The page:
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Tuesday, Aug 16, 2022
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Pinkerton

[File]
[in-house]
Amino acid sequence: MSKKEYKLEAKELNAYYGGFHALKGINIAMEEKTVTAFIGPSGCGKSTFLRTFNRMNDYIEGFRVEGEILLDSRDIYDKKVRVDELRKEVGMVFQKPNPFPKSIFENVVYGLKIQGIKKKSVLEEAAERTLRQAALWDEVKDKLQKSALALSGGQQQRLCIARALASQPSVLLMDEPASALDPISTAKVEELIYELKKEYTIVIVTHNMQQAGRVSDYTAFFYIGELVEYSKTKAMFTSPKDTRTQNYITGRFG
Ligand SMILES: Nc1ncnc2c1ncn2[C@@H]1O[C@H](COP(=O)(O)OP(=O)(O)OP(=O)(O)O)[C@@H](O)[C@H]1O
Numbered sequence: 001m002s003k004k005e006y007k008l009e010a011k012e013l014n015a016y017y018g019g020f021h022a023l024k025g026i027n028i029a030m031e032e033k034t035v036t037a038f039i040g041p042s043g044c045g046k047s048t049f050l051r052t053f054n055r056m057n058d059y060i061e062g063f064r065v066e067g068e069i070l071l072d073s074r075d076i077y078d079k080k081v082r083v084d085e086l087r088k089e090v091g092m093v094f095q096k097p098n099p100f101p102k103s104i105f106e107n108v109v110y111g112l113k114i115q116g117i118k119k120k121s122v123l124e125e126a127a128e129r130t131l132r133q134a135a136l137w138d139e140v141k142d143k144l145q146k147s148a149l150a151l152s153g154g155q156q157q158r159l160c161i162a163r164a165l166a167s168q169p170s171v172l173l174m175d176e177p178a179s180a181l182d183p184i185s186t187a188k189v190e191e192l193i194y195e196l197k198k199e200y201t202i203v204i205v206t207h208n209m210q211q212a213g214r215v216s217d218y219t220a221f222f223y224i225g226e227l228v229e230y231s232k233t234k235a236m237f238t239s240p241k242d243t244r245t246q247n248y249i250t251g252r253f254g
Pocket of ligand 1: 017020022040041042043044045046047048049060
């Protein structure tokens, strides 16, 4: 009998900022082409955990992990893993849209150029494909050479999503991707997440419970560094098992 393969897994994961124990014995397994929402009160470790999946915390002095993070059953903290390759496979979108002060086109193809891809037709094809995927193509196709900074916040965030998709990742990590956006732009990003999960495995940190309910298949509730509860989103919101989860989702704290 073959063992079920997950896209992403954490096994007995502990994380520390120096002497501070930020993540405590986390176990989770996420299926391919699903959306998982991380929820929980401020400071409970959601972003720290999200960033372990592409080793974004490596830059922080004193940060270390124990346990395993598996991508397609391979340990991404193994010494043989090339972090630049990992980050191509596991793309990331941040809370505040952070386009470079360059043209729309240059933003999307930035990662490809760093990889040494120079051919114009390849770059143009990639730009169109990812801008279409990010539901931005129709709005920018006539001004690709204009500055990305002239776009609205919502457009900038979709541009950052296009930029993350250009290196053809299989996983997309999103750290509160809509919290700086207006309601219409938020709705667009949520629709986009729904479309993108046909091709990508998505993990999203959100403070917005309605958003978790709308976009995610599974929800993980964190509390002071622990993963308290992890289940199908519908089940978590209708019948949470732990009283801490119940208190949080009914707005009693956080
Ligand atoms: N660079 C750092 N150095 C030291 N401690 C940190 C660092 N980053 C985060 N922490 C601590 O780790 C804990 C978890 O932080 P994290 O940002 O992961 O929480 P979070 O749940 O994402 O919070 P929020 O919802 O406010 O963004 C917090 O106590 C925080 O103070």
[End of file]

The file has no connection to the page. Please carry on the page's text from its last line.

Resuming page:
SHELLY GARCIA Staff Reporter With dangers like kidnapping and terrorism making headlines, Encino-based security firm Pinkerton’s Inc. has launched a division to provide assistance to multinational companies doing business abroad. Pinkerton’s new division, Business Risks International, has already landed a contract with Cigna International to provide security consulting to corporations Cigna insures against for such dangers as terrorism, kidnapping and extortion or product tampering. “More and more companies are going international, and often they’re sending people overseas to work in areas they’re not familiar with,” said David C. Fields, a former U.S. ambassador Pinkerton’s has tapped to act as senior managing director of the new division. Business Risks International will study a client’s security risks and help it devise a plan to deal with a host of potential dangers. The company is also prepared to run simulations to help its clients practice handling different scenarios, be it a terrorist attack or sabotage. “Most large corporations have a crisis plan to deal with these things,” Fields said. “But some of the mid-sized companies don’t, and you don’t want to wait until a situation arises to start planning.” While U.S. embassy bombings in East Africa have helped publicize the risks of doing business abroad, Fields said the market for such services has been growing for some time, especially as multinationals have ventured into Third World countries. “When they go off to London they don’t have to worry. But when they you go off to places in the Third World, things are different,” Fields said. “Governments and law-enforcement agencies don’t function as well as they do in highly developed countries.” Armed guards, for example, are standard for companies doing business in places like Nairobi and some of the countries in the former Czech Republic. David Samuel, vice president and product-line manager for Cigna’s International Financial Services division, would not divulge specific figures, but added that he expects the division to grow to $200 million or more in the next five years. “Zaire has had two rebellions in less than a year,” Samuel said. “As various factions move back and forth across the countryside, these situations create a need on the part of people who conduct business there, and we recognized this is an area where our services would be of great importance.” Different countries pose different risks. In some countries in Latin America, kidnapping and extortion are among the most prevalent dangers. In Africa and the Middle East, it is terrorism. In more developed countries, product tampering and accidental contamination may be among the biggest concerns. Workplace violence, however, appears to be the virtually exclusive domain of American companies at home, said Fields. A single terrorist act can increase the danger for others doing business in that country. In Kenya, for example, Fields said that the bombing of the American Embassy will force governments to fortify their security, and as they do, terrorists will look for different targets. “They’re going to go where they can make a statement, and two, where they’re going to get away with it,” Fields said. “If they can’t get at the government, they’re going to go after the private sector.” Cigna selected Pinkerton’s after reviewing a number of firms. The company, with revenues of more than $1 billion and more than 250 offices worldwide, has the scope to provide the necessary services, Samuel said. The company can provide emergency crisis response anywhere in the world within 24 hours. “I think if you look at situations such as occurred in Indonesia, where there was severe loss of property and a lot of Western and commercial interests were placed at risk, that situation has the capability of repeating itself in Central Africa, certain Latin American countries and certain parts of Asia,” Samuel said. “Pinkerton’s is able to provide insight and warning to deteriorating situations, provide expertise and dispatch people if something does happen.”

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